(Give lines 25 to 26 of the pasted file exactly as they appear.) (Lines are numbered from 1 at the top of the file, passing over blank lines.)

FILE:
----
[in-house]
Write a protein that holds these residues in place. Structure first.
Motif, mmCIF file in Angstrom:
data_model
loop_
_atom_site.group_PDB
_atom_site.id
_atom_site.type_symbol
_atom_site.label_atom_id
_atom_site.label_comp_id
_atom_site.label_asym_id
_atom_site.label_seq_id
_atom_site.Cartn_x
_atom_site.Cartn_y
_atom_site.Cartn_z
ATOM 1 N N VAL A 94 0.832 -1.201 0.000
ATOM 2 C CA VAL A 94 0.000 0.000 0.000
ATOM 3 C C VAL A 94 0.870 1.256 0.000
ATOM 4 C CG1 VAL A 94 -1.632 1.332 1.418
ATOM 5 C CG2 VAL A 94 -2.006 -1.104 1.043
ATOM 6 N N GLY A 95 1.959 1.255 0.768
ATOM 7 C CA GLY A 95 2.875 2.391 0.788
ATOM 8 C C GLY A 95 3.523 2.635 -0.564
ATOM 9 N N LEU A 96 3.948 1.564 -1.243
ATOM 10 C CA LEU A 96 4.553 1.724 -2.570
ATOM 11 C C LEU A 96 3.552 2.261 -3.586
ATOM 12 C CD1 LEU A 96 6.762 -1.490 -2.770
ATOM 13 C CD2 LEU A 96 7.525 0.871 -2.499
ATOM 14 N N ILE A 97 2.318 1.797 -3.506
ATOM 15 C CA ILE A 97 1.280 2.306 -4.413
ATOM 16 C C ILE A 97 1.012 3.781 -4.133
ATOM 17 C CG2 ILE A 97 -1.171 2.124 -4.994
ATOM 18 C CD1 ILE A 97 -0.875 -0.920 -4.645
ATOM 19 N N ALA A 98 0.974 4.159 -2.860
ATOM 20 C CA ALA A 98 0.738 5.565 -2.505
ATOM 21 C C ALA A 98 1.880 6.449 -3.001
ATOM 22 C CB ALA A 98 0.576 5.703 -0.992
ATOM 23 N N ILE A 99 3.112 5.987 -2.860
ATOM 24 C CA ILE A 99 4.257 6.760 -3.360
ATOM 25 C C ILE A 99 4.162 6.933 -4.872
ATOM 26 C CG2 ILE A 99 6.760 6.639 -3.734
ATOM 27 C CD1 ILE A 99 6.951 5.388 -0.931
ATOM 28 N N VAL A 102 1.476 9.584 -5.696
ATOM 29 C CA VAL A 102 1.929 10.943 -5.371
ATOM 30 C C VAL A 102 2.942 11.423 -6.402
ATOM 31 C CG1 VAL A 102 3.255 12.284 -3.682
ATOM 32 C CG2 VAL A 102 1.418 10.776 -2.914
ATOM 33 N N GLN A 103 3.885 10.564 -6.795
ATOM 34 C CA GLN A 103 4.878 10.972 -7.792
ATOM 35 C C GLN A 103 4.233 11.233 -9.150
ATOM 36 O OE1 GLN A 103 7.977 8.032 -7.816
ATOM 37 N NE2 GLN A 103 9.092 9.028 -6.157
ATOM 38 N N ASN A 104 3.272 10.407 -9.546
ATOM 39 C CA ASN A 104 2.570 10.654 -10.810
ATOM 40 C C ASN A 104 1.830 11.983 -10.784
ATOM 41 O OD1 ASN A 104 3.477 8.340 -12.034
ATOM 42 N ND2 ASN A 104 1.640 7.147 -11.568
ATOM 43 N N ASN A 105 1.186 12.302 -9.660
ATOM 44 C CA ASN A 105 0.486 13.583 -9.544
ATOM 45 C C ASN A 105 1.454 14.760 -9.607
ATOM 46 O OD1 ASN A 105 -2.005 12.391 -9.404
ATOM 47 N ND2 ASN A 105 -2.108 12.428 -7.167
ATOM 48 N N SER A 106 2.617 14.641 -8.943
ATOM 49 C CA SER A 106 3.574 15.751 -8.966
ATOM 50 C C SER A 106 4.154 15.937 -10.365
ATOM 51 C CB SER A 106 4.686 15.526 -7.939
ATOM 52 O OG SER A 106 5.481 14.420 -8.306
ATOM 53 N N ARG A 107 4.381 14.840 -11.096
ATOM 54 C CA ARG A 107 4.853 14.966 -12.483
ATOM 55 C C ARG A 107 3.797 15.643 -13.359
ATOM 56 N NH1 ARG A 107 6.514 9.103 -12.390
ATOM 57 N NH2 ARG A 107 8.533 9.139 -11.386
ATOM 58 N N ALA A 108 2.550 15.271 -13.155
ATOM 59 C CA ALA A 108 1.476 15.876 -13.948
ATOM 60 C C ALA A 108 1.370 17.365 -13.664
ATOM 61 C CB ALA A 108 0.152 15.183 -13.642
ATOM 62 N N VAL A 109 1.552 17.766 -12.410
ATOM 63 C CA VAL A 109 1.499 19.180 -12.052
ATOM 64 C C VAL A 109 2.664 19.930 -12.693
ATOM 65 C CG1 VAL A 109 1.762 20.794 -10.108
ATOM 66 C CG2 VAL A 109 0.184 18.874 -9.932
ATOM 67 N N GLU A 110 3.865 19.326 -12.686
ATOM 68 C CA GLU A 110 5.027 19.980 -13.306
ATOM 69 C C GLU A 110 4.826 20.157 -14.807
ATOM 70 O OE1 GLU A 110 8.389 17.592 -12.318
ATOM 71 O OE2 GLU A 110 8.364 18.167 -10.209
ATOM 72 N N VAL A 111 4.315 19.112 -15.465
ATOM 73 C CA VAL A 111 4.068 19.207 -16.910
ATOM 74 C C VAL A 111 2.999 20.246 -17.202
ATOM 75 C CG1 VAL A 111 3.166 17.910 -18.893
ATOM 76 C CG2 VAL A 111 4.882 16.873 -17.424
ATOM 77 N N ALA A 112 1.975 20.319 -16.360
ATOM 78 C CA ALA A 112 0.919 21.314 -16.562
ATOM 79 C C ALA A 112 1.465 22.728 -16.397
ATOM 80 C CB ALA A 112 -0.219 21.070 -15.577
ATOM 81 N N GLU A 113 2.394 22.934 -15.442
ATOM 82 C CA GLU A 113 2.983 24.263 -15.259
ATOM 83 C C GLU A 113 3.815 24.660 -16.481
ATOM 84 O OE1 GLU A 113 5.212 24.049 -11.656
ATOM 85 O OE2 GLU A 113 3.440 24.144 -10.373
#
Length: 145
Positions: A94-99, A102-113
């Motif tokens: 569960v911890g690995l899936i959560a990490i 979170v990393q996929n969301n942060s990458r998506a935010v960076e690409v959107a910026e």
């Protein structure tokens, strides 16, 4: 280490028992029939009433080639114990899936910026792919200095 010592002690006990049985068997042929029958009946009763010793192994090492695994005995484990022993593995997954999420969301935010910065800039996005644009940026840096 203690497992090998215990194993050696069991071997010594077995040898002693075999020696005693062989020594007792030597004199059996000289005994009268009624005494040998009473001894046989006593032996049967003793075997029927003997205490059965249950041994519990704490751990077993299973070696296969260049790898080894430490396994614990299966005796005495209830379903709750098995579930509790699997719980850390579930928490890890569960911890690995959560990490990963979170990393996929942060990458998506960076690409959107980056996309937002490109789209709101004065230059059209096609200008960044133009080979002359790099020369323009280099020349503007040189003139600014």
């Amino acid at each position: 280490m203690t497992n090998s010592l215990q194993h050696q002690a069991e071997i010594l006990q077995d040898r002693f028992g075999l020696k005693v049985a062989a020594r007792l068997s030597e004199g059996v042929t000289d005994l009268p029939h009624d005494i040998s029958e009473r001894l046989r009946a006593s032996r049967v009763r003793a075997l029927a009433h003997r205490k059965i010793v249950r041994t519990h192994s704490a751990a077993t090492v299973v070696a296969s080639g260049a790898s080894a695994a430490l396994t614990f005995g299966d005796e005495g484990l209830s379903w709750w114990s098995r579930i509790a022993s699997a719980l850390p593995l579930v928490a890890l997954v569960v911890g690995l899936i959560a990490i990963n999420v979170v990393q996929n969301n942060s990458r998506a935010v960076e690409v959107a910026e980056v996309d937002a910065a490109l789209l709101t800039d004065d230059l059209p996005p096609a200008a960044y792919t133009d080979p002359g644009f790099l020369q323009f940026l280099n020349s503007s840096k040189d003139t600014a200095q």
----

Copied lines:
ATOM 10 C CA LEU A 96 4.553 1.724 -2.570
ATOM 11 C C LEU A 96 3.552 2.261 -3.586